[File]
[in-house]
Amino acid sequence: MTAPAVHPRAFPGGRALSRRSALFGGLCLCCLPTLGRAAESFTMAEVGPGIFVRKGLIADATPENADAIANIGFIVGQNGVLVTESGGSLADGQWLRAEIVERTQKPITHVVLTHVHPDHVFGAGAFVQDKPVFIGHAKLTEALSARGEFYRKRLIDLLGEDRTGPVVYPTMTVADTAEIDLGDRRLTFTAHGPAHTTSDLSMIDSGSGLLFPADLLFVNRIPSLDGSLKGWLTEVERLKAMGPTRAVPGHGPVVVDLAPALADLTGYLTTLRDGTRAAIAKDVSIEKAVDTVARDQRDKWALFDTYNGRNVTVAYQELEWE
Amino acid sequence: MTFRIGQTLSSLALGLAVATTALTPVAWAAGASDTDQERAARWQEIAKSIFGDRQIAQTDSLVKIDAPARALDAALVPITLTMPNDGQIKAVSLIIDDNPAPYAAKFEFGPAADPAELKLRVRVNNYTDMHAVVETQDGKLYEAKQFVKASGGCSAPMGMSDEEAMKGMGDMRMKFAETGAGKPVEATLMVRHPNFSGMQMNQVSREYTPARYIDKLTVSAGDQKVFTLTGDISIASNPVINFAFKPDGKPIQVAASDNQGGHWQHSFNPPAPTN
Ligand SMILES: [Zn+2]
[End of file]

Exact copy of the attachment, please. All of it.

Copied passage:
[in-house]
Amino acid sequence: MTAPAVHPRAFPGGRALSRRSALFGGLCLCCLPTLGRAAESFTMAEVGPGIFVRKGLIADATPENADAIANIGFIVGQNGVLVTESGGSLADGQWLRAEIVERTQKPITHVVLTHVHPDHVFGAGAFVQDKPVFIGHAKLTEALSARGEFYRKRLIDLLGEDRTGPVVYPTMTVADTAEIDLGDRRLTFTAHGPAHTTSDLSMIDSGSGLLFPADLLFVNRIPSLDGSLKGWLTEVERLKAMGPTRAVPGHGPVVVDLAPALADLTGYLTTLRDGTRAAIAKDVSIEKAVDTVARDQRDKWALFDTYNGRNVTVAYQELEWE
Amino acid sequence: MTFRIGQTLSSLALGLAVATTALTPVAWAAGASDTDQERAARWQEIAKSIFGDRQIAQTDSLVKIDAPARALDAALVPITLTMPNDGQIKAVSLIIDDNPAPYAAKFEFGPAADPAELKLRVRVNNYTDMHAVVETQDGKLYEAKQFVKASGGCSAPMGMSDEEAMKGMGDMRMKFAETGAGKPVEATLMVRHPNFSGMQMNQVSREYTPARYIDKLTVSAGDQKVFTLTGDISIASNPVINFAFKPDGKPIQVAASDNQGGHWQHSFNPPAPTN
Ligand SMILES: [Zn+2]